Sayeh and Zia: Chapter 2 Scene 4

The entourage that had accompanied the Egyptian merchant to Susa spread itself throughout the taverns and accommodations of the city.  The many drinking spots were filled to capacity, and the alcohol ran freely for the travellers deprived during the difficult trek across the desert.

Amurdad’s Bounty lay at the South Gate of Susa, and was the most popular tavern for those with refined tastes.  The street had a slow trickle of people through it.  A trio of cloaked figures stood against a wall facing at the front door of the tavern, which was guarded by large stonework griffins to each side and a Faravahar above.  The outer figures had their hoods half-way back, showing their faces.  The one in the centre hid their face, the hood turning to look between the carved animals and nodding at the impeccable skill of their creators.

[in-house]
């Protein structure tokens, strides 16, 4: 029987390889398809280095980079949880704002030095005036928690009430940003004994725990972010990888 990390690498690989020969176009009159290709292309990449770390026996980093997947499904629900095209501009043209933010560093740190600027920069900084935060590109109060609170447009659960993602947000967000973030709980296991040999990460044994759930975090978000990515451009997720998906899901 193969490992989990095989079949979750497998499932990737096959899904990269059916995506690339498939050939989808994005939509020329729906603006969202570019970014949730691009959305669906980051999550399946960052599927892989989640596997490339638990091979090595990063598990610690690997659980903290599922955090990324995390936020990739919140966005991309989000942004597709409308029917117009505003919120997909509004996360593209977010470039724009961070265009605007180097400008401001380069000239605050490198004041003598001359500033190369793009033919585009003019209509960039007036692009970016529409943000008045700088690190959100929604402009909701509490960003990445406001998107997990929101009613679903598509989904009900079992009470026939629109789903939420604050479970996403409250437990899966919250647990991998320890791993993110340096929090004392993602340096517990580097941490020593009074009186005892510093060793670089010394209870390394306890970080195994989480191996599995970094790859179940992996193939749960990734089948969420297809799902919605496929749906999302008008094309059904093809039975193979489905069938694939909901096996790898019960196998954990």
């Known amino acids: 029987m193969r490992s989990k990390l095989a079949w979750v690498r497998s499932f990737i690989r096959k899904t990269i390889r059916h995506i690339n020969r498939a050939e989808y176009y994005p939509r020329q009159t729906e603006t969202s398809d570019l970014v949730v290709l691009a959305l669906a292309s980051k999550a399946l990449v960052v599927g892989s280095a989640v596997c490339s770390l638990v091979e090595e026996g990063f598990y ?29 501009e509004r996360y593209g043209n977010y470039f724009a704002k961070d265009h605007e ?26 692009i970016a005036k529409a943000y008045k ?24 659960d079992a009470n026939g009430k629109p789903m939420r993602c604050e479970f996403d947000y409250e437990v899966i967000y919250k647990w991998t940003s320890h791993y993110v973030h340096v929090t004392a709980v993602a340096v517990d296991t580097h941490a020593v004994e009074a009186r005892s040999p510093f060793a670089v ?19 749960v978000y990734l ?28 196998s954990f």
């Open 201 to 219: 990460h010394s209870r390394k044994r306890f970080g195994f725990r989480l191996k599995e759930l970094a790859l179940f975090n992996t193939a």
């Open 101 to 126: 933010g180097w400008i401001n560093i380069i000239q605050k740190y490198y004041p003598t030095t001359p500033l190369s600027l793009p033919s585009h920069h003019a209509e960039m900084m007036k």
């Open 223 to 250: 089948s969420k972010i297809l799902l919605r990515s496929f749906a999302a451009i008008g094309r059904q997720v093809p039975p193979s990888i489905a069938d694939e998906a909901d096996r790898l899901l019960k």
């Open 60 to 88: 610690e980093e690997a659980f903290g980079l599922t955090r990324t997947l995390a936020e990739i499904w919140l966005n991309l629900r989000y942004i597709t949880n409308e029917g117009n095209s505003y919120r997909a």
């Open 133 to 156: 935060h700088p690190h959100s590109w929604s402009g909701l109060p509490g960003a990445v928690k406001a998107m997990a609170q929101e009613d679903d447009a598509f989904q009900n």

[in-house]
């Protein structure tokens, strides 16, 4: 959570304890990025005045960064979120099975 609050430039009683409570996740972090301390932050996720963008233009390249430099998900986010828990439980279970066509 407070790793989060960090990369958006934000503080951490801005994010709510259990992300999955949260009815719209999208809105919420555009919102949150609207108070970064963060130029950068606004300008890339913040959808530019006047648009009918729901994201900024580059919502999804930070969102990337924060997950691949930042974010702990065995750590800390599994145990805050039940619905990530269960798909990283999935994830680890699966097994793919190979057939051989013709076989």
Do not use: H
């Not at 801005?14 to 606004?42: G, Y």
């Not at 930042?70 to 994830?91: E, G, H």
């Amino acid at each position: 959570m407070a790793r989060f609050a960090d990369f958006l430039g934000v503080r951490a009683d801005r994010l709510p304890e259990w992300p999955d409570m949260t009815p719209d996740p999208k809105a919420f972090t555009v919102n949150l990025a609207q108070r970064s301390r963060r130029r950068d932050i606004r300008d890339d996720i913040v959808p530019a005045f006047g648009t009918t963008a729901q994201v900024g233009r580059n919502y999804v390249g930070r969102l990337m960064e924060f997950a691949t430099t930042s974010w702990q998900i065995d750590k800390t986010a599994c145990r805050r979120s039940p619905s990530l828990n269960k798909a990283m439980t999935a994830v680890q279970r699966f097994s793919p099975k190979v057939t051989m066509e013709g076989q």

The central figure stepped forward, and then turned to face the other two.  The soft yet commanding voice that came forth was rough, yet unmistakably feminine.

“So, Heydar and Kadir.  You both have your orders.  Tell me what they are.”

The man to her left spoke first.  “Yes, Lady Sayeh…”

“Do not use that name, Heydar! The name is known, and we will not escape should it be heard.”  Sayeh cleared her throat, and the voice that came forth was masculine.  “I am Sayyid, one of the apprentices in your more recent deliveries.”

Heydar shook his head with a bemused look.  “I have always wondered how you learned to change your voice so convincingly.  The only other complete change of voice I know of is Kadir’s after too many fine wines.”

The other man’s right arm lashed out, punching Heydar in the shoulder.  “And yet I still beat you within an inch of your worthless life every time you make that joke.  Do not think the change of location will excuse you.”